Covid 19: Check all the updates and guidelines Read more

Hay Fever - Why Is Your Allergy Getting Worse

Published: 13 July 2021

Hay fever - why is your allergy getting worse

 

Hay fever is getting more widespread than ever. Symptoms can make you feel miserable and affect your work life, but also your spare time, physical activities, travels and general wellbeing. But why does it feel like it’s getting worse every year? New Victoria Hospital’s GP, Dr Kirsty Schmidt, talks about the symptoms of allergic rhinitis and conjunctivitis and therapies to help you get through pollen season and enjoy your summer.

What is hay fever?

Hay fever is an excessive immune response to airborne allergens such as pollens, dust or pet hair. Hay fever symptoms can be similar to a cold :

  • runny nose
  • itchy or red eyes
  • sneezing
  • cough
  • itchy nose or throat
  • fatigue

What type of pollen allergy do you have?

There are three main types of pollen: tree, grass and weed.

They are active at different times of the year. Tree pollen usually causes symptoms from March to May, grass pollen is more prevalent from May to July and weeds later in the year, from June to September. 
If you know what your triggers are it can help you to be prepared.

Why is your hay fever getting worse?

Hay fever affects over 400 million people worldwide and numbers are increasing.
More and more people are now suffering with allergies or present more severe symptoms. 

But why are pollen allergies becoming so common?

Environmental factors

The growing hay fever prevalence is mainly due to environmental factors:

  • Climate change – high and long-lasting temperatures make pollen season last longer 
  • Carbon dioxide – pollution has been proved to raise the number of pollens present in urban contexts
  • Prevalence of male trees and plants – male plants are easier to maintain and that’s why they are more frequently planted in cities, but they release more pollens in the air than female species

Hay fever has very much become an urban phenomenon.

Genetic risk

Environmental factors play a great role in triggering allergies, but genetic risk accounts for about 50% of cases. 
A recent Danish study, has discovered 20 new risk genes for a total of 41 responsible for triggering allergic responses.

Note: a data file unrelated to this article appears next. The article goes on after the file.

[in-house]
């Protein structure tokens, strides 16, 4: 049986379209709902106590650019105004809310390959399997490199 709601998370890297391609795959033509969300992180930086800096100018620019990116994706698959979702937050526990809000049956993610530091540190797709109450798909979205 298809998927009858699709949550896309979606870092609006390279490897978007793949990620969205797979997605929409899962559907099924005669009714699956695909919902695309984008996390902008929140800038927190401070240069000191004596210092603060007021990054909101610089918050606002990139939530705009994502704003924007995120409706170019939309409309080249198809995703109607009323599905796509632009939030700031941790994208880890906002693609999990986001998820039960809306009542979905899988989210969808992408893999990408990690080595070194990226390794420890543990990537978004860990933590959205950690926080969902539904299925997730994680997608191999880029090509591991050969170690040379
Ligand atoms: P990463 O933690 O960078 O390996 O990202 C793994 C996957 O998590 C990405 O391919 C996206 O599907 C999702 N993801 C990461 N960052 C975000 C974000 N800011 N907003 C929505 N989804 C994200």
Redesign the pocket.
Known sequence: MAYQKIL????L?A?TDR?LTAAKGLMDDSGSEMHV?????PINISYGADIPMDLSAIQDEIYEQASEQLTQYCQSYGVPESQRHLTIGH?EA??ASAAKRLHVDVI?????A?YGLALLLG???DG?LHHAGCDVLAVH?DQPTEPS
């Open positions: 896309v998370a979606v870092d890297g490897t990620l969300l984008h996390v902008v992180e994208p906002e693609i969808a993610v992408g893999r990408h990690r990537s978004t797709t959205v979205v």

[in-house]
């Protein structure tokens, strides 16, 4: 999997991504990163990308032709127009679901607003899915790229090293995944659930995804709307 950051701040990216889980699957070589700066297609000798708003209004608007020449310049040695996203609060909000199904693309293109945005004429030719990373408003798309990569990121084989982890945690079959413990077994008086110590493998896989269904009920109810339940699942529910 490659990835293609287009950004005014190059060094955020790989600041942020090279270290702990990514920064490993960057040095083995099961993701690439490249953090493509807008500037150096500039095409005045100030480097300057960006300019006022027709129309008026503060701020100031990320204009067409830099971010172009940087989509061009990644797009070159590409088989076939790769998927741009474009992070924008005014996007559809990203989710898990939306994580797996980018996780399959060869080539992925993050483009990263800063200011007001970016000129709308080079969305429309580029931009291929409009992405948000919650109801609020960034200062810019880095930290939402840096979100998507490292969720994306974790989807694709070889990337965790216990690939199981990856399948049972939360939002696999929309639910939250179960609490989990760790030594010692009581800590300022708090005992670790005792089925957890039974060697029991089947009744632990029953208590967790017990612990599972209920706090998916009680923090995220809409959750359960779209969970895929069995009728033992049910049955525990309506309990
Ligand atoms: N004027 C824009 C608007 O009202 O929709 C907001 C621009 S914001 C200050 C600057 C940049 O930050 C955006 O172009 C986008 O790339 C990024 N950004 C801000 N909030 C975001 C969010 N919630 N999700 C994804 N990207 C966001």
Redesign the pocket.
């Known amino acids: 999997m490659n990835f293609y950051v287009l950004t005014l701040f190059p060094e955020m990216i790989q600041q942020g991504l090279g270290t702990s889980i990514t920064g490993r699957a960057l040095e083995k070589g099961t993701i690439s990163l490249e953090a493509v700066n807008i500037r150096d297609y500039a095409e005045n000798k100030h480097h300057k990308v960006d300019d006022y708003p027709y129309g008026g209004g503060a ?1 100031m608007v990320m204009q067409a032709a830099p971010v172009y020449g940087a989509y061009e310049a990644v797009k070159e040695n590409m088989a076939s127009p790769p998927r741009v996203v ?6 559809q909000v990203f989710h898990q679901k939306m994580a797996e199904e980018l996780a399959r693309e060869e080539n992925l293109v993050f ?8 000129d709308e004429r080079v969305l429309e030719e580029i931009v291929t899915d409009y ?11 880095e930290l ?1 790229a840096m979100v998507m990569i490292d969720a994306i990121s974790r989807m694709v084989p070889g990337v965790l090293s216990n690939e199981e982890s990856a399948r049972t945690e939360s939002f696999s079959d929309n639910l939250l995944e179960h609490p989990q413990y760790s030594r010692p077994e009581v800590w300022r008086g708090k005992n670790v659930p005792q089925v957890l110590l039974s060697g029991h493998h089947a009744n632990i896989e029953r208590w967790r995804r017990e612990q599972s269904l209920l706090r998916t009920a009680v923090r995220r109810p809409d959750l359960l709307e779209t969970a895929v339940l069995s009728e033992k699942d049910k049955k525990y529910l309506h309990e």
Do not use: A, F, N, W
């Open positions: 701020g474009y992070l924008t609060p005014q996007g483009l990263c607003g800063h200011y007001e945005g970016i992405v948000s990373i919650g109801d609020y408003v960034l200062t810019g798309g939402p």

The same study also found an overlap between risk genes for hay fever and risk genes for autoimmune diseases such as type 1 diabetes, rheumatoid arthritis and inflammatory bowel disease. 

What to do if your hay fever symptoms are worsening

Antihistamines 

Antihistamines are the first-line treatment when you start to struggle with symptoms.
It’s a tablet that can help with all the symptoms of hay fever in one go and there are several different ones to try but it is always best to talk to your GP or pharmacist to check which one is best suited to you.

Nasal sprays

Steroid nasal sprays can be very helpful if you mainly get nose symptoms like sneezing and itching and are easy to use.

Eye drops

Eye drops can help relieve itchy and sore eyes that often come with hay fever.
You can also take a combination of the medications to get on top of your symptoms if you need.

GP top tips to go through pollen season 

There are also other things that you can do to prevent or weaken your allergic reaction.

Some other top tips to help reduce your hay fever symptoms:

  • Wear sunglasses to protect eyes
  • Try putting some petroleum jelly around your nostrils to trap the pollen
  • Make sure you shower after being outside and change your clothes, or at least rinse your face to remove any pollen
  • When the pollen count is high, try to keep windows and doors shut, especially in the early evening
  • If grass pollen is your trigger, try and avoid walking where the grass is freshly cut

 

If you are still struggling with symptoms, have questions or want to discuss other treatments, you can make an appointment with our private GPs. They will be happy to help you and your children cope with symptoms, choose the right treatment and improve your wellbeing.
 

Share